One of the first things everyone does when they get a video camera is to point it at the screen displaying the image, creating video feedback. It’s a fascinating process where the delay from image capture to display establishes a feedback loop that amplifies the image noise into fractal patterns. This sculpture, modestly called The God Machine II takes it to the next level, though.
We covered the first version of this machine in a previous post, but the creator [Dave Blair] has done a huge amount of work on the device since that allows him to tweak and customize the output that the device produces. His new version is quite remarkable, allowing him to create intricate fractals that writhe and change like living things.
The God Machine II is a sophisticated build with three cameras, five HD monitors, three Roland video switchers, two viewing monitors, two sheets of beam splitter glass, and a video input. This setup means it can take an external video input, capture it, and use it as the source for video feedback, then tweak the evolution of the resulting fractal image, repeatedly feeding it back into itself. The system can also control the settings for the monitor, which further changes the feedback as it evolves. [Blair] refers to this as “trapping the images.”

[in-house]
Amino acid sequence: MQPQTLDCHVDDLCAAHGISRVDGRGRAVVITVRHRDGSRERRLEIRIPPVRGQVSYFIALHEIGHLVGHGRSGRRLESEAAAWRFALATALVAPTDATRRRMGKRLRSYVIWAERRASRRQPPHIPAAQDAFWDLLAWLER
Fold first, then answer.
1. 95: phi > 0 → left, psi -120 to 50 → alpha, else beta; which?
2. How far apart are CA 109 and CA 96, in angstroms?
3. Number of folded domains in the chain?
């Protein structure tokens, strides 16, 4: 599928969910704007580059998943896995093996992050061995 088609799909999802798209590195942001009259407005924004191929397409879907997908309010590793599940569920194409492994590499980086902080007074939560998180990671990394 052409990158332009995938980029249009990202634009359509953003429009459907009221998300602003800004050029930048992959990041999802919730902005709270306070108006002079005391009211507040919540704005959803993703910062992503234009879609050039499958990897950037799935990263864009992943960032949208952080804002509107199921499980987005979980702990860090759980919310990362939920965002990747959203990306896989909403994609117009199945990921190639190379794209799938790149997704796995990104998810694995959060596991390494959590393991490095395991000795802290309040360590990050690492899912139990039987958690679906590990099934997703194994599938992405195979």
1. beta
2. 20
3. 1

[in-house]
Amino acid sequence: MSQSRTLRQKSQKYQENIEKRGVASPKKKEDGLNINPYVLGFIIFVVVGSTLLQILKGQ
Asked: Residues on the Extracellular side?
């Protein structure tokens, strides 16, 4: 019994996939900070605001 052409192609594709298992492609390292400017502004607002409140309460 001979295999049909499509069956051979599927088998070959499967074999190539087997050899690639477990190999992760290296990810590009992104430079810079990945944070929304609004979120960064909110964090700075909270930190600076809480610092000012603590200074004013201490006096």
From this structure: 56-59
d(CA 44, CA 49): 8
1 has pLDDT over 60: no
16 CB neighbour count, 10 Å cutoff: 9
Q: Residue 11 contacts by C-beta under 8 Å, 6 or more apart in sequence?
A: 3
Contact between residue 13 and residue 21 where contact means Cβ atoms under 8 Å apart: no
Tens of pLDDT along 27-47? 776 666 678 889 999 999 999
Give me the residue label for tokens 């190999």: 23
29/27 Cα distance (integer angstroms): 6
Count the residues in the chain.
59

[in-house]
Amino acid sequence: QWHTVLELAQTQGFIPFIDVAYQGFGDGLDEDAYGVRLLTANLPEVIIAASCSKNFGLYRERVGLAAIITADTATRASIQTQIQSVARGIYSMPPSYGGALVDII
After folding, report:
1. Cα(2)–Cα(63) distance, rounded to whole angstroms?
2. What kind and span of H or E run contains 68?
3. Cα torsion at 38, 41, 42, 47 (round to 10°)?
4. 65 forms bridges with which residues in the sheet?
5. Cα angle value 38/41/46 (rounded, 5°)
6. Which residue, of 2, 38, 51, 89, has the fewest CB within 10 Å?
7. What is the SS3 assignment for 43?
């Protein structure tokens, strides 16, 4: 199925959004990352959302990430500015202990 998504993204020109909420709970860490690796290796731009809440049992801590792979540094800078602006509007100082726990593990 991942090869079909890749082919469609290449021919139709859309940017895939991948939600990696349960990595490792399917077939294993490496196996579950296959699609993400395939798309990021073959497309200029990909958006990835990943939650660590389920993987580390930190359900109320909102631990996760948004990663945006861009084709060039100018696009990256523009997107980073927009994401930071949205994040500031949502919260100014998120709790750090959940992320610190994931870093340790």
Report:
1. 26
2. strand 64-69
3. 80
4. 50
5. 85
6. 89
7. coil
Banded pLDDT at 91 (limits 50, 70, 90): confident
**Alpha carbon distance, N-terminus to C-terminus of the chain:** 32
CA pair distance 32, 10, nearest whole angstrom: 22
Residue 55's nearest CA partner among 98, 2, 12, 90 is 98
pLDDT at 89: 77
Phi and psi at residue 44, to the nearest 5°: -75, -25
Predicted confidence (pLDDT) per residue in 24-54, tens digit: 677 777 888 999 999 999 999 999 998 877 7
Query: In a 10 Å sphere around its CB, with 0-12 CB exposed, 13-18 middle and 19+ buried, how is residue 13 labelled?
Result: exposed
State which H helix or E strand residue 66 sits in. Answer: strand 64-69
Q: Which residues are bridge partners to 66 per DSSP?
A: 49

The exciting thing here is that this is an analog process. Although he is using HD digital cameras, all of the evolution happens from the analog feedback process of capturing an image, then displaying it and capturing it again.
The whole thing is built in a walnut frame that synchronizes the cameras and screens to keep the images in the feedback loop. In his Tumblr of the build process, there is more detail, where [Dave] shows how the device evolved into its current state over the years.